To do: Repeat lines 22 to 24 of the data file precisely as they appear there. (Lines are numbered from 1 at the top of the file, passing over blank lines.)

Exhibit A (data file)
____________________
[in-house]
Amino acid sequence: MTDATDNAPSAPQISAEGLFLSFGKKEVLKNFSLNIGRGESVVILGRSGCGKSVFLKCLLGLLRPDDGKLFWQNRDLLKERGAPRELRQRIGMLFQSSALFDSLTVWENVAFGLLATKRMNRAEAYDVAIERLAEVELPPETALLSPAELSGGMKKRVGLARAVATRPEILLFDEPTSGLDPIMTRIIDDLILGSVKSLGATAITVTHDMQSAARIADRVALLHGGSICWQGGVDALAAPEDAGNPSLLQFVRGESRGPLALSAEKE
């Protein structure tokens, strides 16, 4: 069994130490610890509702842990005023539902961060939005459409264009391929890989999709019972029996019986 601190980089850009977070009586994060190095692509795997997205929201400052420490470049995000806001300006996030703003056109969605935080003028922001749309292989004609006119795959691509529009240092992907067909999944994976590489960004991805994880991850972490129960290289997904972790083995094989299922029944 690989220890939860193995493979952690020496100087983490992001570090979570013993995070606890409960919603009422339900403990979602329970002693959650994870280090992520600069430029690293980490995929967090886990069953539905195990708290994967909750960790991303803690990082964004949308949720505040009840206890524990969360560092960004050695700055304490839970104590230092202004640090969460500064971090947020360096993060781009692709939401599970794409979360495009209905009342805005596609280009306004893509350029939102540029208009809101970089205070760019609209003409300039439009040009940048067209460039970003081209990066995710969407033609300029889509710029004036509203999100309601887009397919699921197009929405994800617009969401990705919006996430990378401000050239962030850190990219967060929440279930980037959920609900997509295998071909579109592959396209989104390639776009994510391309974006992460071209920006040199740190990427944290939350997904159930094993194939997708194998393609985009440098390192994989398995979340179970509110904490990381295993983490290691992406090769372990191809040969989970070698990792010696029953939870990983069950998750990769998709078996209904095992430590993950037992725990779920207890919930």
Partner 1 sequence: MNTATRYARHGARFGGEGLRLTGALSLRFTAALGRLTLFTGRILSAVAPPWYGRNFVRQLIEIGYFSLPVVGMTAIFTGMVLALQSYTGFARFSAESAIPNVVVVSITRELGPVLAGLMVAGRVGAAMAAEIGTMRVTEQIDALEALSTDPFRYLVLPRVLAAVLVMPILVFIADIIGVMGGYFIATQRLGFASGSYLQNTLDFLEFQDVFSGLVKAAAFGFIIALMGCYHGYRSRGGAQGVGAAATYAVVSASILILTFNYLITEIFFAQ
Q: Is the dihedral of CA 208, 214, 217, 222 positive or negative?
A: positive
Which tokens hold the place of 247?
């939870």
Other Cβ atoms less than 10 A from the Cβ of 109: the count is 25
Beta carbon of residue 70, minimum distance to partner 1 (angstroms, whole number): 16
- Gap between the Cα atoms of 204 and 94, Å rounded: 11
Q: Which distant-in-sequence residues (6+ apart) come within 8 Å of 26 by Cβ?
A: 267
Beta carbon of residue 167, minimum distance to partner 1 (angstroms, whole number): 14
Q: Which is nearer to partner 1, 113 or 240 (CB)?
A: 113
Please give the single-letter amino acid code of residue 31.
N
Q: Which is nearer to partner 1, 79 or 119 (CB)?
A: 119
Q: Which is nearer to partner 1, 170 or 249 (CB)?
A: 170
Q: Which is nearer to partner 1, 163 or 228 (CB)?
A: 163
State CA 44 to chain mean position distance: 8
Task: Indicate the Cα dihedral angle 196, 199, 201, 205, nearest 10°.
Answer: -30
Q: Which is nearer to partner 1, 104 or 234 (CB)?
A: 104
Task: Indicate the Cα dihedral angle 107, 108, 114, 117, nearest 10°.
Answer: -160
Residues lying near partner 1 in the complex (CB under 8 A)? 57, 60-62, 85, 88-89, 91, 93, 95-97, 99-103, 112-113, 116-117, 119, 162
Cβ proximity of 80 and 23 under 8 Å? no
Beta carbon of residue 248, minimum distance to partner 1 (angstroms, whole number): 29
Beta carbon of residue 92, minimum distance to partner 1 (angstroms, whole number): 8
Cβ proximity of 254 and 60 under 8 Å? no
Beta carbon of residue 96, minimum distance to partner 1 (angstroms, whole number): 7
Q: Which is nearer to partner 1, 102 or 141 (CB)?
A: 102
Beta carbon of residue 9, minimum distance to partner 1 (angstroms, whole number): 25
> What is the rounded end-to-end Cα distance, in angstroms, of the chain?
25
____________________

A: 170
Q: Which is nearer to partner 1, 163 or 228 (CB)?
A: 163